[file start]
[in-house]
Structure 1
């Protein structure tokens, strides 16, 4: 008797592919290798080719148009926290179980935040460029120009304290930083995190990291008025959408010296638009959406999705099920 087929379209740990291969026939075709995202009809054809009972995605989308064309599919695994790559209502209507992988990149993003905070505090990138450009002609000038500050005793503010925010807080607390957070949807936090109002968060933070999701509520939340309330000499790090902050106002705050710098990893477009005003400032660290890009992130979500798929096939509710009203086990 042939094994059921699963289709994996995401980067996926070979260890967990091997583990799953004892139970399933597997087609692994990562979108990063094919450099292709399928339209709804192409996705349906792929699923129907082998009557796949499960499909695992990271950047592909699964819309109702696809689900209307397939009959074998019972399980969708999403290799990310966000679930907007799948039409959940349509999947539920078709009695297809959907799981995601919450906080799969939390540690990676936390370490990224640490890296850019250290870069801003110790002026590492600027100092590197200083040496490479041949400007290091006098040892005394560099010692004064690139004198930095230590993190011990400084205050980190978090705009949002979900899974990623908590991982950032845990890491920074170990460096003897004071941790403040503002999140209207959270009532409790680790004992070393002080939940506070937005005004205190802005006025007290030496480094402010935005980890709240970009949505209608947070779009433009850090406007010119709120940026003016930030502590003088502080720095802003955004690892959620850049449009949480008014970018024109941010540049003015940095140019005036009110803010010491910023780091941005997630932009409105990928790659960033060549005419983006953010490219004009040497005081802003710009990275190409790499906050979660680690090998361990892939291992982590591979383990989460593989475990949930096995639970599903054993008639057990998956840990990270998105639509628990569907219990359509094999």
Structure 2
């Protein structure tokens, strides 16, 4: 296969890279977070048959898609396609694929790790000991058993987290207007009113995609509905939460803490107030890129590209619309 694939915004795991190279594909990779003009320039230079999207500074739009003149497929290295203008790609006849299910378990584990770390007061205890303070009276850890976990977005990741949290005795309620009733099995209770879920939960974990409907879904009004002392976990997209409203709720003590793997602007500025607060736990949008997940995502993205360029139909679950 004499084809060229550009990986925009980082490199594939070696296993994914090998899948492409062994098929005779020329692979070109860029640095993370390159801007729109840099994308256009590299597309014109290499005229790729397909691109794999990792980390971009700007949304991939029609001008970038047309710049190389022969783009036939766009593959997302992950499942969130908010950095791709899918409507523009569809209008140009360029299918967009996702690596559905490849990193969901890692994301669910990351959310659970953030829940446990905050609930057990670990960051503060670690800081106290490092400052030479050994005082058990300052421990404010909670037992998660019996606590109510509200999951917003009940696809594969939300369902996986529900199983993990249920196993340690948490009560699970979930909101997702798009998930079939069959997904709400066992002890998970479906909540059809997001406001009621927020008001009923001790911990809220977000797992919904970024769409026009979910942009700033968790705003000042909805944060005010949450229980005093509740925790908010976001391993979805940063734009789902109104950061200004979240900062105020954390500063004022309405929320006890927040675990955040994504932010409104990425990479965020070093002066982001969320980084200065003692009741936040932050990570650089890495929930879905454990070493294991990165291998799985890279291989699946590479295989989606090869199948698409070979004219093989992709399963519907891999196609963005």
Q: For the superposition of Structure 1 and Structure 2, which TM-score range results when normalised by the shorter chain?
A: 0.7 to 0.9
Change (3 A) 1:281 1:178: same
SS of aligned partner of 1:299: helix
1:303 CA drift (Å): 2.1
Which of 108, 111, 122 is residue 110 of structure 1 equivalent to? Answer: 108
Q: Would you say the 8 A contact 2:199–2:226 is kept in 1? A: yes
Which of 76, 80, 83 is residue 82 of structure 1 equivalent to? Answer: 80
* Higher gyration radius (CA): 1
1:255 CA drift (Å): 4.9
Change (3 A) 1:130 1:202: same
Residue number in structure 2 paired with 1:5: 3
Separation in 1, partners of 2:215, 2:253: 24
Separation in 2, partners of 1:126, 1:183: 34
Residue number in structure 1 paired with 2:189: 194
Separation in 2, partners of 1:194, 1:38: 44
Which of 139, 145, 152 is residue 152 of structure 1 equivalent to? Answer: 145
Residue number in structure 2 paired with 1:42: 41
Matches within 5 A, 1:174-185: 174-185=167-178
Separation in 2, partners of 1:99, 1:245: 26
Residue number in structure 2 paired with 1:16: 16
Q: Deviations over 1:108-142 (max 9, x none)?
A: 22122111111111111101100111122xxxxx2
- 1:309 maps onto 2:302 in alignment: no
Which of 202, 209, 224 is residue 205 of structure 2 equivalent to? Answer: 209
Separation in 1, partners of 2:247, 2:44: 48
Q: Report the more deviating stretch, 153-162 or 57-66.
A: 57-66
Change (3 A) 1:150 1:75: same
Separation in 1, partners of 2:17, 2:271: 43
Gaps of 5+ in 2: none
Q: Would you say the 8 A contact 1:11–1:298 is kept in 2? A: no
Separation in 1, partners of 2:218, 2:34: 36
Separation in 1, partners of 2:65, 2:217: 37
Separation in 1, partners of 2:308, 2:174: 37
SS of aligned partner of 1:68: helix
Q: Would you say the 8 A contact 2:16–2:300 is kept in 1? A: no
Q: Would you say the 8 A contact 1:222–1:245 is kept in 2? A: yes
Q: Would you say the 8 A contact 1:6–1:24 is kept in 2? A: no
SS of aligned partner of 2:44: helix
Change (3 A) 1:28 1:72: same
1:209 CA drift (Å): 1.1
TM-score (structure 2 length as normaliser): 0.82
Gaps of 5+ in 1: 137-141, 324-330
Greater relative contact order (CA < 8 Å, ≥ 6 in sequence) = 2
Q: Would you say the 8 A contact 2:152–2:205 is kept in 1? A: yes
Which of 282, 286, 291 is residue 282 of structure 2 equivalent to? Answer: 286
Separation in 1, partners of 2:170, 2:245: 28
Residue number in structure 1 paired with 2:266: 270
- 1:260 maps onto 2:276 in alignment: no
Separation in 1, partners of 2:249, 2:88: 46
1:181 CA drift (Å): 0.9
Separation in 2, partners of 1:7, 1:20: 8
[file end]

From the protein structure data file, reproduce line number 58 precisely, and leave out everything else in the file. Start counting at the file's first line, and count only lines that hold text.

Separation in 2, partners of 1:7, 1:20: 8